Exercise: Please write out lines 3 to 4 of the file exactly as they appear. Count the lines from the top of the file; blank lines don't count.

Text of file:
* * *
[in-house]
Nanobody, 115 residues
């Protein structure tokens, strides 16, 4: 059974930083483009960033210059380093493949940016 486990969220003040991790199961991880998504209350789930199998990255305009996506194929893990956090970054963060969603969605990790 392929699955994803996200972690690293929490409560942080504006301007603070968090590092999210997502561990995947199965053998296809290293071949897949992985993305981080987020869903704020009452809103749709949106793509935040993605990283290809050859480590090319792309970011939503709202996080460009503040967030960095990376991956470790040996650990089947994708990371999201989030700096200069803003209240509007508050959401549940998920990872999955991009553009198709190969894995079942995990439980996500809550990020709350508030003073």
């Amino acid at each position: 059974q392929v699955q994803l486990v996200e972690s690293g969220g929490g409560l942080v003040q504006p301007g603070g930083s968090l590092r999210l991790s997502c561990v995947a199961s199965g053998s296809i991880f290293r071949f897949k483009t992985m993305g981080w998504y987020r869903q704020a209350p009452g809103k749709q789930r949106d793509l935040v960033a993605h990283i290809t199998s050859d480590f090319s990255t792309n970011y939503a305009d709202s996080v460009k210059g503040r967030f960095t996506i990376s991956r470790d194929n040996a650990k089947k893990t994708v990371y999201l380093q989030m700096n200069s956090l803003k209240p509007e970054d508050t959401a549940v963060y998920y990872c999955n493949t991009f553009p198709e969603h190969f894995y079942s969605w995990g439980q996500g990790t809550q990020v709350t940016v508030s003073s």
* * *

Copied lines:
């Protein structure tokens, strides 16, 4: 059974930083483009960033210059380093493949940016 486990969220003040991790199961991880998504209350789930199998990255305009996506194929893990956090970054963060969603969605990790 392929699955994803996200972690690293929490409560942080504006301007603070968090590092999210997502561990995947199965053998296809290293071949897949992985993305981080987020869903704020009452809103749709949106793509935040993605990283290809050859480590090319792309970011939503709202996080460009503040967030960095990376991956470790040996650990089947994708990371999201989030700096200069803003209240509007508050959401549940998920990872999955991009553009198709190969894995079942995990439980996500809550990020709350508030003073």
């Amino acid at each position: 059974q392929v699955q994803l486990v996200e972690s690293g969220g929490g409560l942080v003040q504006p301007g603070g930083s968090l590092r999210l991790s997502c561990v995947a199961s199965g053998s296809i991880f290293r071949f897949k483009t992985m993305g981080w998504y987020r869903q704020a209350p009452g809103k749709q789930r949106d793509l935040v960033a993605h990283i290809t199998s050859d480590f090319s990255t792309n970011y939503a305009d709202s996080v460009k210059g503040r967030f960095t996506i990376s991956r470790d194929n040996a650990k089947k893990t994708v990371y999201l380093q989030m700096n200069s956090l803003k209240p509007e970054d508050t959401a549940v963060y998920y990872c999955n493949t991009f553009p198709e969603h190969f894995y079942s969605w995990g439980q996500g990790t809550q990020v709350t940016v508030s003073s």